[Numpy-discussion] On the quality of the numpy.random.normal() distribution
Wed Dec 10 13:13:52 CST 2008
I think the use of a correct uniform generator will allow a good
normal distribution. Congruental generators are very basic generators,
everyone knows they should not be used. I think Numpy uses a Mersenne
Twisted generator, for which you can generate "independant" vectors
with several hundred values.
2008/12/10 Michael Gilbert <email@example.com>:
> I have been reading that there may be potential issues with the
> Box-Muller transform, which is used by the numpy.random.normal()
> function. Supposedly, since f*x1 and f*x2 are not independent variables, then
> the individual elements (corresponding to f*x1 and f*x2 ) of the
> distribution also won't be independent. For example, see "Stochastic
> Simulation" by Ripley, pages 54-59, where the random values end up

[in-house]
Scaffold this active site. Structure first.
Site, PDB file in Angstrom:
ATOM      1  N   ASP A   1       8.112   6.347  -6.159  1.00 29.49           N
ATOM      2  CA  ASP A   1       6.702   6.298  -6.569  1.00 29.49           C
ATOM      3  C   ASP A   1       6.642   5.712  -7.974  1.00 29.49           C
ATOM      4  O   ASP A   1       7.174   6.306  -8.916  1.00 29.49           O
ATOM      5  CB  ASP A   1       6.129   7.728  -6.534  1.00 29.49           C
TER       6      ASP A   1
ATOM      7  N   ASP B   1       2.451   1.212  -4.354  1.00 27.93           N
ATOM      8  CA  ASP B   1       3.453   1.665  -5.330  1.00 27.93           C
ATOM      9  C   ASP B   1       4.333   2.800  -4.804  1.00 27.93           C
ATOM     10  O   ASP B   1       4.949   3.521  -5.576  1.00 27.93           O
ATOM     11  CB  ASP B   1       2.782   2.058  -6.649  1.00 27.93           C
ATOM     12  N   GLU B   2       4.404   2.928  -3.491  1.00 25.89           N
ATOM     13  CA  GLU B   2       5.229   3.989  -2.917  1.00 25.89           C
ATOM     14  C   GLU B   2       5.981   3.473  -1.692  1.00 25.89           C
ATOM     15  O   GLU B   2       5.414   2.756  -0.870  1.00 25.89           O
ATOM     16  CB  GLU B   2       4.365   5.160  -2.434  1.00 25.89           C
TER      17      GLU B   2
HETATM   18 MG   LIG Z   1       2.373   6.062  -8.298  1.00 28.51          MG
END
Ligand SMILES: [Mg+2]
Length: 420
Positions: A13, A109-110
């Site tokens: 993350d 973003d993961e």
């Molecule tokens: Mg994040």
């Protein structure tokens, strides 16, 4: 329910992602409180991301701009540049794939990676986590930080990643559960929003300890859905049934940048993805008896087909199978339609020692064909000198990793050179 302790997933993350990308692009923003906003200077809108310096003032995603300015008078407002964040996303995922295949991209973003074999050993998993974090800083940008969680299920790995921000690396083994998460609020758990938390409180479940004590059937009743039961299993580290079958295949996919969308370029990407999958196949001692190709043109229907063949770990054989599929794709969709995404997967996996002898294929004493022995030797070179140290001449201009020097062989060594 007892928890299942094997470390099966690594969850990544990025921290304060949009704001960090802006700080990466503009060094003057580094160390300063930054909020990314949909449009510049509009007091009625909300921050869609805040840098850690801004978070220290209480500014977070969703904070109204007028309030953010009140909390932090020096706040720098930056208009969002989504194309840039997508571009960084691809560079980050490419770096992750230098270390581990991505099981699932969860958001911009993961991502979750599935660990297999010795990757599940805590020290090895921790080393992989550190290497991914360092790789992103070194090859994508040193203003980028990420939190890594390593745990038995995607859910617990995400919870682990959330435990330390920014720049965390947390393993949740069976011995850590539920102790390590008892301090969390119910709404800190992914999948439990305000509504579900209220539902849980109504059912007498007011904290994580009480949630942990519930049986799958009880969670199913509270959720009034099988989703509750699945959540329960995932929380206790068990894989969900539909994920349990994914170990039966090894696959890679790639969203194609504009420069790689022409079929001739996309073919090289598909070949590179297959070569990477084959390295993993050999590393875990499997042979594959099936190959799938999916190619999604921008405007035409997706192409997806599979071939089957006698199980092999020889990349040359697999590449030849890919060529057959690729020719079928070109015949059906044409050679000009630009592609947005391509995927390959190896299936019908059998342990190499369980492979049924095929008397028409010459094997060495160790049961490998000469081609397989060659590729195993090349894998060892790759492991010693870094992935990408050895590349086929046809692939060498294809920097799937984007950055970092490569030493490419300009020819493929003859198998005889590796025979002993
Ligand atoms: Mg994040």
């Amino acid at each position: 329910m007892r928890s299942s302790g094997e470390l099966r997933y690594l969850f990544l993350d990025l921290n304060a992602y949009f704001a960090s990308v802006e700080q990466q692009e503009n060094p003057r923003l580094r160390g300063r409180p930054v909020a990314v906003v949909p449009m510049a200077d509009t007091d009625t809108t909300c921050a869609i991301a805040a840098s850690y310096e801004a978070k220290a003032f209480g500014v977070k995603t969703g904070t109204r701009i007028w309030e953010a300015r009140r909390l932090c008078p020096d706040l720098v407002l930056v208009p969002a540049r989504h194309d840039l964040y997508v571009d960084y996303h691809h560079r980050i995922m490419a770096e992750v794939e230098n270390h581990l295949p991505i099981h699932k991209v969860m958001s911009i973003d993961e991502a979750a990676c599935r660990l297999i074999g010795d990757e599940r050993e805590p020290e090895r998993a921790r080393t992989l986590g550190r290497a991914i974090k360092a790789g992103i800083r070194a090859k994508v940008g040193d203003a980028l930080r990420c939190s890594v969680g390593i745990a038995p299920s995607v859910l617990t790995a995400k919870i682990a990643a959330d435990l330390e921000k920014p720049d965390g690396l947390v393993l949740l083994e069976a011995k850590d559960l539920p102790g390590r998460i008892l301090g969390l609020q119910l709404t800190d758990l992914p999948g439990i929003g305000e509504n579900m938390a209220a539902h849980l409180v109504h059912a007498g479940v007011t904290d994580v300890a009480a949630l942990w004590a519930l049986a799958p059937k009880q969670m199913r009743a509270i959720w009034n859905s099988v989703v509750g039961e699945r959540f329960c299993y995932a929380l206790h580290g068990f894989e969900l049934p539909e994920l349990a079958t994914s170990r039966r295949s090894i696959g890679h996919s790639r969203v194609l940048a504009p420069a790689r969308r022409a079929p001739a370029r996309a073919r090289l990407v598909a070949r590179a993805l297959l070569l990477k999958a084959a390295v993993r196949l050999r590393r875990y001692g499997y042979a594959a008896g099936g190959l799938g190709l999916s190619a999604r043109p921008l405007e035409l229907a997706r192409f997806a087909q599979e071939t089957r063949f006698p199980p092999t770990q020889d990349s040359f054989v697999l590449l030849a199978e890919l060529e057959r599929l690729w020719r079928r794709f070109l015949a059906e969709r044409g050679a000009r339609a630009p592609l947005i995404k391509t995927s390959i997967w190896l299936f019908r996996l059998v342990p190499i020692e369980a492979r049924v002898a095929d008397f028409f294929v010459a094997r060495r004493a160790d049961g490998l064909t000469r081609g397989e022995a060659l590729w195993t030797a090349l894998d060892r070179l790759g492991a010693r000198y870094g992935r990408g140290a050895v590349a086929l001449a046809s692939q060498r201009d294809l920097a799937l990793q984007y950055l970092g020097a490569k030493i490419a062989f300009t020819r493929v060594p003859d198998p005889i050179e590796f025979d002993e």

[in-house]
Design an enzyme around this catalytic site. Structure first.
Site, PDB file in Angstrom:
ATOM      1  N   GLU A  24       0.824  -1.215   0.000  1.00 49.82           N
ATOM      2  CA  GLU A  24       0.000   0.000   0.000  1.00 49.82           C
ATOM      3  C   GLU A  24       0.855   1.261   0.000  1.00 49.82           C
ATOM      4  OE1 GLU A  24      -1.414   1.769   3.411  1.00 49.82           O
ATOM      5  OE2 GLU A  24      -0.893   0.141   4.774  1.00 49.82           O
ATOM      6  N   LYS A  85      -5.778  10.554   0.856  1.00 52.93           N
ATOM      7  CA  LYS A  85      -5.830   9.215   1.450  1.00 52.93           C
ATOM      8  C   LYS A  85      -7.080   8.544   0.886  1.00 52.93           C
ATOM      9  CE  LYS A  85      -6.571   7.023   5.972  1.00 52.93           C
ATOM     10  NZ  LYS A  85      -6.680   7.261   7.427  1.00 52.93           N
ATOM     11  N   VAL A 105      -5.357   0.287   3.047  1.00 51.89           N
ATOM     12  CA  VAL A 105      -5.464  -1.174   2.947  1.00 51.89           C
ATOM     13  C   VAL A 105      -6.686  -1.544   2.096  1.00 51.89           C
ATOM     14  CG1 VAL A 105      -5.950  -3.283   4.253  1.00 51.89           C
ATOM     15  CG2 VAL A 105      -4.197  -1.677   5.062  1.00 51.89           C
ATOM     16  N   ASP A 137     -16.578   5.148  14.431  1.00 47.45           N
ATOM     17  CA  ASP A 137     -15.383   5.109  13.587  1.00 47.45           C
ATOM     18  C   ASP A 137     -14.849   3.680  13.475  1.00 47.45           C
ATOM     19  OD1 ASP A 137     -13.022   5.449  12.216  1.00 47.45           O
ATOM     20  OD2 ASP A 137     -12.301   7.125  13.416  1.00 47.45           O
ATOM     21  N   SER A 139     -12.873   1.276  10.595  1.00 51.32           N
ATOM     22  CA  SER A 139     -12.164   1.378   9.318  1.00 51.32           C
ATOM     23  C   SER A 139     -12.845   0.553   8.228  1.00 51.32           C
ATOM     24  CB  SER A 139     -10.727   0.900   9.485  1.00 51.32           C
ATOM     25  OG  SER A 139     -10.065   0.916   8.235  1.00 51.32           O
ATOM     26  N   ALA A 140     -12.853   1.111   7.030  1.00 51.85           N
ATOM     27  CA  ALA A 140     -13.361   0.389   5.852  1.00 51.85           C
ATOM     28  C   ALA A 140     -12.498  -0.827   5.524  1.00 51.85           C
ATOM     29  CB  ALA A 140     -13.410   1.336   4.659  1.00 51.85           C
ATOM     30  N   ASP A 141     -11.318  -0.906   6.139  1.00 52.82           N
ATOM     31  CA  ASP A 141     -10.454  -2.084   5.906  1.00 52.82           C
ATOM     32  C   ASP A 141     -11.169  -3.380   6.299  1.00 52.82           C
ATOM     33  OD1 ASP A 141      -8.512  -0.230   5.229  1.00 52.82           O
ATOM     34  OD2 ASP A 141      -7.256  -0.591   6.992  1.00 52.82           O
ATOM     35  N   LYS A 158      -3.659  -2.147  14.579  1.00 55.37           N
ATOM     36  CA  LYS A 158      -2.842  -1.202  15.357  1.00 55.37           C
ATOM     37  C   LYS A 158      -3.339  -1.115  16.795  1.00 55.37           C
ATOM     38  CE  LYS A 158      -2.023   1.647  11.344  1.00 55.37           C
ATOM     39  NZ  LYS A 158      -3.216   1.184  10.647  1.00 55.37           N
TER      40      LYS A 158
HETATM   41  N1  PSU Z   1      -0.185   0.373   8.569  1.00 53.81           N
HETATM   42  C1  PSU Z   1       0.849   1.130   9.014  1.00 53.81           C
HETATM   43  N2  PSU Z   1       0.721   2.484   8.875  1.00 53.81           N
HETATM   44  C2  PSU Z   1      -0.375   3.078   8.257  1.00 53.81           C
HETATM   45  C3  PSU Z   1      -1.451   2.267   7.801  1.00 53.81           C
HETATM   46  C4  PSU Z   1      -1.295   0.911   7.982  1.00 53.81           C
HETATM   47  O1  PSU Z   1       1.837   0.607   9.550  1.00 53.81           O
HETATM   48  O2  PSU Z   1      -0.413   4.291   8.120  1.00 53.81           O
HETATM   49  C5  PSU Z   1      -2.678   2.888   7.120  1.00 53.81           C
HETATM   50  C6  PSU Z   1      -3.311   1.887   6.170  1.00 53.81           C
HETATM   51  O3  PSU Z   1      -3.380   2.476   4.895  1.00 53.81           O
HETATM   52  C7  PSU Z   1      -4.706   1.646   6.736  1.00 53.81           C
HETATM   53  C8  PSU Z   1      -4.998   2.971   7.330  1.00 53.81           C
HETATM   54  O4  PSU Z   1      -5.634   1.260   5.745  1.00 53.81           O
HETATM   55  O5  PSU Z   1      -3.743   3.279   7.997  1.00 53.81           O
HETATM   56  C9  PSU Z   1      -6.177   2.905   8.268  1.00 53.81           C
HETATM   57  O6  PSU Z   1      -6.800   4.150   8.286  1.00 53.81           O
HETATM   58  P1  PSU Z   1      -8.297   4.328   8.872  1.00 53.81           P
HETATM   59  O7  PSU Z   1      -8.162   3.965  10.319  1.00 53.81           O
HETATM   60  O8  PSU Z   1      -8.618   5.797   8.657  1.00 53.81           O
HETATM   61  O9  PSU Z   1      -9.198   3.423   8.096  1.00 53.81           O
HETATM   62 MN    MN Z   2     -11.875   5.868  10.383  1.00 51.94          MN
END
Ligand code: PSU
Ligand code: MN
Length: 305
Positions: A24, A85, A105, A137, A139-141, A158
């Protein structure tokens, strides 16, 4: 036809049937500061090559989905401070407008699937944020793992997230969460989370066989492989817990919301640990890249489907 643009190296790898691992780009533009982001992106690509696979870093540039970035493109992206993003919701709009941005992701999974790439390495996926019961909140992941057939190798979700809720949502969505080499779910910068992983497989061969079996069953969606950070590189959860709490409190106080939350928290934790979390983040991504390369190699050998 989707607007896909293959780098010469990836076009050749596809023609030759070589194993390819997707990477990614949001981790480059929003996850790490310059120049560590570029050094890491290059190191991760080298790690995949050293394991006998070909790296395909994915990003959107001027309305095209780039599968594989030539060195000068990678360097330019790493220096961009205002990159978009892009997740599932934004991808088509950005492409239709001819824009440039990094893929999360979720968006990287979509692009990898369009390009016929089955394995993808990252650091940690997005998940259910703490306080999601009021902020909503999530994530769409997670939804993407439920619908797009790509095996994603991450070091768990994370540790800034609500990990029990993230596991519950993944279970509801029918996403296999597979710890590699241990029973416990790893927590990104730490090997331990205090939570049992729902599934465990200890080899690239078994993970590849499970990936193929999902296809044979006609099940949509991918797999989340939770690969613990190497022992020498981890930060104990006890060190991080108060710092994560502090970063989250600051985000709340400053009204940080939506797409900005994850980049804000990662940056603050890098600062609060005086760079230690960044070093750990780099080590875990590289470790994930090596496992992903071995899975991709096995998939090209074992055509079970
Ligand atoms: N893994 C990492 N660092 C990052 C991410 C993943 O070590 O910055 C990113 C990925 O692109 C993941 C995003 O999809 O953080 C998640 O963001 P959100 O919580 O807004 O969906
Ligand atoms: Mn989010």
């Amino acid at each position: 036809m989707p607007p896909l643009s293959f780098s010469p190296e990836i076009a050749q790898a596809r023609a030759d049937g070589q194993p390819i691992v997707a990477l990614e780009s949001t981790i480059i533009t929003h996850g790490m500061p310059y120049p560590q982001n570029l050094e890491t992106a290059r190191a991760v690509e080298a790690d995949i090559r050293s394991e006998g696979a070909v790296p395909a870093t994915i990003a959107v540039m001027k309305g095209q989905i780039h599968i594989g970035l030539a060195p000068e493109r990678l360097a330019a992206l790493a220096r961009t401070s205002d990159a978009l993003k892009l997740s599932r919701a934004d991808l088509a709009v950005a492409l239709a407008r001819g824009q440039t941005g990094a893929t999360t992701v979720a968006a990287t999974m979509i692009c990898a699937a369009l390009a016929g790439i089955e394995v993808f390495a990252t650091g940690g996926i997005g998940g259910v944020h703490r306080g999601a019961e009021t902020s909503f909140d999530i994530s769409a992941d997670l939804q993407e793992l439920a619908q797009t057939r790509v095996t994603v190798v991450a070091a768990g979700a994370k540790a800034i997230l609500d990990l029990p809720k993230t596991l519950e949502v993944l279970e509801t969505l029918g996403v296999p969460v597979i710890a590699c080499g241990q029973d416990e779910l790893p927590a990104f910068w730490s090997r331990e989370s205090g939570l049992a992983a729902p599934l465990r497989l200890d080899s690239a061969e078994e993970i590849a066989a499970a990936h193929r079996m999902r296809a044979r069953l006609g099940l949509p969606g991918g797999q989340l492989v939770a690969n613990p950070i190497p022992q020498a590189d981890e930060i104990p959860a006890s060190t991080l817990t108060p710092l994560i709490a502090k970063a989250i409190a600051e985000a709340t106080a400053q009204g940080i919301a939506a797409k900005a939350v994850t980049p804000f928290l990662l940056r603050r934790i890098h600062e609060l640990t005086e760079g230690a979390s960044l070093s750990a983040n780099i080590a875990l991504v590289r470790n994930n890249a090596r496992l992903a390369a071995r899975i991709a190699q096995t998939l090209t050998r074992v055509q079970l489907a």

> distributed on a spiral. Note that they mention that they only looked
> at "congruential generators." Is the random number generator used
> by numpy congruential?
> I have tried to generate plots that demonstrate this problem, but have
> come up short. For example:
> import numpy , pylab
> nsamples = 10**6
> n = numpy.random.normal( 0.0 , 1.0 , nsamples )
> pylab.scatter( n[0:-1:2] , n[1:-1:2] , 0.1 )
> I can zoom in and out, and the scatter still looks random (white
> noise -- almost like tv static). Does this prove that there is no
> problem? And if so, why does numpy do a better job than as
> demonstrated by Ripley?
> Mike Gilbert
> Numpy-discussion mailing list
Information System Engineer, Ph.D.
Blogs: http://matt.eifelle.com and http://blog.developpez.com/?blog=92
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